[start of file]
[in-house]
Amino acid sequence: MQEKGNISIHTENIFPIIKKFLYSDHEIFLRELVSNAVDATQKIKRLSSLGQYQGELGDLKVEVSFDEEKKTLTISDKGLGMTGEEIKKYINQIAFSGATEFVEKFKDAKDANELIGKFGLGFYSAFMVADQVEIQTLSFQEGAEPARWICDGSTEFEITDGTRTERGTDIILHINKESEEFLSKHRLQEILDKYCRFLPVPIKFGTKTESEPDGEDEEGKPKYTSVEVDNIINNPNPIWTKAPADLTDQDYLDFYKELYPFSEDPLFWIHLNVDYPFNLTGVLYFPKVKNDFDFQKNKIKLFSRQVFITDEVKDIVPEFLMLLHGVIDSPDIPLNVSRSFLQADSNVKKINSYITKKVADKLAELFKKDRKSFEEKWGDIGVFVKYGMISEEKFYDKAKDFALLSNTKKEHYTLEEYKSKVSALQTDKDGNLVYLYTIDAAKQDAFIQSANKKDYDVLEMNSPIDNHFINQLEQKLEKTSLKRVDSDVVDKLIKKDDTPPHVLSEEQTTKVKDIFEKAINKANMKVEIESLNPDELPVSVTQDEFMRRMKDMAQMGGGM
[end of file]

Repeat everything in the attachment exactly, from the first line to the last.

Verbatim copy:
[in-house]
Amino acid sequence: MQEKGNISIHTENIFPIIKKFLYSDHEIFLRELVSNAVDATQKIKRLSSLGQYQGELGDLKVEVSFDEEKKTLTISDKGLGMTGEEIKKYINQIAFSGATEFVEKFKDAKDANELIGKFGLGFYSAFMVADQVEIQTLSFQEGAEPARWICDGSTEFEITDGTRTERGTDIILHINKESEEFLSKHRLQEILDKYCRFLPVPIKFGTKTESEPDGEDEEGKPKYTSVEVDNIINNPNPIWTKAPADLTDQDYLDFYKELYPFSEDPLFWIHLNVDYPFNLTGVLYFPKVKNDFDFQKNKIKLFSRQVFITDEVKDIVPEFLMLLHGVIDSPDIPLNVSRSFLQADSNVKKINSYITKKVADKLAELFKKDRKSFEEKWGDIGVFVKYGMISEEKFYDKAKDFALLSNTKKEHYTLEEYKSKVSALQTDKDGNLVYLYTIDAAKQDAFIQSANKKDYDVLEMNSPIDNHFINQLEQKLEKTSLKRVDSDVVDKLIKKDDTPPHVLSEEQTTKVKDIFEKAINKANMKVEIESLNPDELPVSVTQDEFMRRMKDMAQMGGGM